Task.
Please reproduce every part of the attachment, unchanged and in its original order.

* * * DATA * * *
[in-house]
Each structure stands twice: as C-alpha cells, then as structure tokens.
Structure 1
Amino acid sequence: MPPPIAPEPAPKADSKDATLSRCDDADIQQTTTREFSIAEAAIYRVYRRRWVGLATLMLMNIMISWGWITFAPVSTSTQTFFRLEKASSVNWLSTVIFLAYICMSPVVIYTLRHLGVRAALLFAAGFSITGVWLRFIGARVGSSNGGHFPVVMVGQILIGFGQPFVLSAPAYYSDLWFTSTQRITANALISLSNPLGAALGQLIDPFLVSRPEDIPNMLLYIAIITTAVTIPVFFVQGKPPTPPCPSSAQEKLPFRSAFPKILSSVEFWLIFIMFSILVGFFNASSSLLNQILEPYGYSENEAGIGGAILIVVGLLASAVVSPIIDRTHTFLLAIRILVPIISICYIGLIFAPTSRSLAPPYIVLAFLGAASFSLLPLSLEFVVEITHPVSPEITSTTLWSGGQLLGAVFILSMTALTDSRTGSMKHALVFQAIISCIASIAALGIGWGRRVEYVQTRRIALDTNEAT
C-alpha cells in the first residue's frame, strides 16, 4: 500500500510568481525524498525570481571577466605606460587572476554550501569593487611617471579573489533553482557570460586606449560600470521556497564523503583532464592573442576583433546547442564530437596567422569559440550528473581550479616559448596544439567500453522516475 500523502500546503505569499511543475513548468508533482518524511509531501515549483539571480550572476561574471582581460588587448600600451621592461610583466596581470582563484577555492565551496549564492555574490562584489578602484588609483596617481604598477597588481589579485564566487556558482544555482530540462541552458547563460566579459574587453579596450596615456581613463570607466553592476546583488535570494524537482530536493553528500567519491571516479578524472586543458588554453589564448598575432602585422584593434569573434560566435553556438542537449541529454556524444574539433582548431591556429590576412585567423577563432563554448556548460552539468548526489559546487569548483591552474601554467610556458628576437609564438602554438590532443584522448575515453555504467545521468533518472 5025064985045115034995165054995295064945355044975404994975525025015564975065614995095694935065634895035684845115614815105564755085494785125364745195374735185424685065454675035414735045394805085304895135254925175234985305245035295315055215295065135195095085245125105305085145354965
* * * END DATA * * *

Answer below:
[in-house]
Each structure stands twice: as C-alpha cells, then as structure tokens.
Structure 1
Amino acid sequence: MPPPIAPEPAPKADSKDATLSRCDDADIQQTTTREFSIAEAAIYRVYRRRWVGLATLMLMNIMISWGWITFAPVSTSTQTFFRLEKASSVNWLSTVIFLAYICMSPVVIYTLRHLGVRAALLFAAGFSITGVWLRFIGARVGSSNGGHFPVVMVGQILIGFGQPFVLSAPAYYSDLWFTSTQRITANALISLSNPLGAALGQLIDPFLVSRPEDIPNMLLYIAIITTAVTIPVFFVQGKPPTPPCPSSAQEKLPFRSAFPKILSSVEFWLIFIMFSILVGFFNASSSLLNQILEPYGYSENEAGIGGAILIVVGLLASAVVSPIIDRTHTFLLAIRILVPIISICYIGLIFAPTSRSLAPPYIVLAFLGAASFSLLPLSLEFVVEITHPVSPEITSTTLWSGGQLLGAVFILSMTALTDSRTGSMKHALVFQAIISCIASIAALGIGWGRRVEYVQTRRIALDTNEAT
C-alpha cells in the first residue's frame, strides 16, 4: 500500500510568481525524498525570481571577466605606460587572476554550501569593487611617471579573489533553482557570460586606449560600470521556497564523503583532464592573442576583433546547442564530437596567422569559440550528473581550479616559448596544439567500453522516475 500523502500546503505569499511543475513548468508533482518524511509531501515549483539571480550572476561574471582581460588587448600600451621592461610583466596581470582563484577555492565551496549564492555574490562584489578602484588609483596617481604598477597588481589579485564566487556558482544555482530540462541552458547563460566579459574587453579596450596615456581613463570607466553592476546583488535570494524537482530536493553528500567519491571516479578524472586543458588554453589564448598575432602585422584593434569573434560566435553556438542537449541529454556524444574539433582548431591556429590576412585567423577563432563554448556548460552539468548526489559546487569548483591552474601554467610556458628576437609564438602554438590532443584522448575515453555504467545521468533518472 5025064985045115034995165054995295064945355044975404994975525025015564975065614995095694935065634895035684845115614815105564755085494785125364745195374735185424685065454675035414735045394805085304895135254925175234985305245035295315055215295065135195095085245125105305085145354965